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January 20, 2006

ExploreLearning a Codie Awards Finalist

We are very honored to announce that ExploreLearning is finalist in the 2006 Codie Awards in the categories of "Best Instructional Solution: Mathematics," "Best Instructional Solution: Science." and "Best Instructional Solution: Web-based or Online."

Presented by the Software & Information Industry Association (SIIA), the Codie Awards celebrate achievement and vision in software, education technology and digital content. The Codie Awards holds the distinction of being the only peer-recognition awards program of its kind in the industry, providing a unique opportunity for companies to earn the praise of their competitors.

Posted by ExploreLearning at 04:01 PM in Site Announcements | Permalink | Comments (2)

Three new chemistry Gizmos have arrived!

thumbnail image of the GizmoAs part of our goal of 40 new Gizmos, we are pleased to announce the addition of three new chemistry Gizmos to our library. Ionic Bonds is a companion to the Covalent Bonds Gizmo released last week. By manipulating the valence electrons of metal and nonmetal atoms, students will see how ions are formed and will determine the chemical formulas for a variety of compounds.

Just the word "stoichiometry" can strike fear in students' hearts, even if they have no idea what it is about. With the release of our Stoichiometry Gizmo, there is a lot less to fear for both students and teachers. By handling all the calculation, the Gizmo allows students to focus on the main concepts--how one unit is converted to another, and how units are cancelled to arrive at an answer. A multitude of interactive practice problems will allow students to gain confidence in this often-intimidating branch of chemistry.

Last but not least, the Bohr Model: Introduction Gizmo highlights one of the turning points of modern chemistry. In 1913, Niels Bohr proposed that electrons orbit the nucleus only at specific energy levels. Not only did Bohr's model lead to an understanding of chemical bonding and the structure of the periodic table, but it was a key to the development of quantum theory--often considered one of the most successful theories in science. In the Gizmo, students can see for themselves how an electron responds to certain photons of light with a "quantum leap."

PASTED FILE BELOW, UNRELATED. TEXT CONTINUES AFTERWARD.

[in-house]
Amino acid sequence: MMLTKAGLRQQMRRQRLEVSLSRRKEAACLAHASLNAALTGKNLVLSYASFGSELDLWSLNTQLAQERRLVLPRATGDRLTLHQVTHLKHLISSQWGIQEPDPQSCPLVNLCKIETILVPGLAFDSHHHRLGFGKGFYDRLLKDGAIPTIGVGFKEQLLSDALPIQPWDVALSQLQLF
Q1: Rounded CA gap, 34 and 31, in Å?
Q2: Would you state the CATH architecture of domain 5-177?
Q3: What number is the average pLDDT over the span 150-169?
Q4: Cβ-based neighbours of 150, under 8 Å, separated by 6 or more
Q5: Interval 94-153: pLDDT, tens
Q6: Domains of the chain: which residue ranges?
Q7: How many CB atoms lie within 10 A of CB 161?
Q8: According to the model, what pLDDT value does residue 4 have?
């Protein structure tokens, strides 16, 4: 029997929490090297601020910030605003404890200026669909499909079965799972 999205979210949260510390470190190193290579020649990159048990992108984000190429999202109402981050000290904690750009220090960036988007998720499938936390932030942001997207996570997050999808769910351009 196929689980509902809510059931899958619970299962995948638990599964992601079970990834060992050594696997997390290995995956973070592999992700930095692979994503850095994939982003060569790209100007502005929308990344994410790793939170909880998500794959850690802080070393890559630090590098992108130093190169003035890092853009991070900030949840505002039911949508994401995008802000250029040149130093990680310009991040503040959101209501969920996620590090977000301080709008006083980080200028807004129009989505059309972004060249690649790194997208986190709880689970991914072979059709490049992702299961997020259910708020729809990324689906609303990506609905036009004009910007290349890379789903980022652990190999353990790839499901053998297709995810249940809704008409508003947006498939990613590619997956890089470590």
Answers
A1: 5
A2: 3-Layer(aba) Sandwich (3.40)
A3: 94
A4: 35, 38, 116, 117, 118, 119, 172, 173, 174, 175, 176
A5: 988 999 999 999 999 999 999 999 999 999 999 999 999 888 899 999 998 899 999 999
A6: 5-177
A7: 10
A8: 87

Chemistry is a great field for computer simulations because so much is happening at the atomic level, invisible to the naked eye. In the last two months we have added nine new chemistry Gizmos, and two more will be completed next week. We are proud of the progress we have made in this area, and hope you feel the same way!

Posted by krosenkrantz at 10:05 AM | Permalink

January 16, 2006

Flickr: Teacher Resource for Photos

While reading Will Richardson's Weblogg-ed blog I came across this interesting quote from an assistant superintendent about a recent teacher training session:

Yesterday we had all of our Kindergarten teachers at the Central Office writing assessments. One group was writing an assessment where the students would sort night and day pictures. They were attempting to download clipart to use for this task and were visibly frustrated that they weren't finding what they really needed. I showed them the Flickr site and how they could search using the tag words for pictures. They found exactly what they needed there and were very excited. (Just imagine a room full of Kindergarten teachers discovering a site like this...the possibilities for seasons, holidays, animals, places, etc.) Forget about the assessments, they were searching for bunnies for spring and lake/ ocean/ river pictures for a unit, etc. Compared to using clipart, it was like going from black and white T.V. to color for them.

Now I've been using the Flickr site for a while now as a place to upload and share photos as well as a place to find interesting photos for different projects I'm working on, but it never dawned on me how Flickr could be real time-saving resource for teachers.

The superintendent above was talking specifically about Kindergarten teachers, but there's no reason Flickr couldn't be helpful for the middle and high school math or science teacher on occasion as well.

For instance, suppose you're a physics teacher doing a unit and roller coaster physics (or perhaps a math teacher doing a unit on parabolas) and you want to bring in a photo of a rollercoaster for use on a quiz or handout. Well, all you'd need to do is go to the Flickr site and search on the keyword "rollercoaster" and your results will look like this.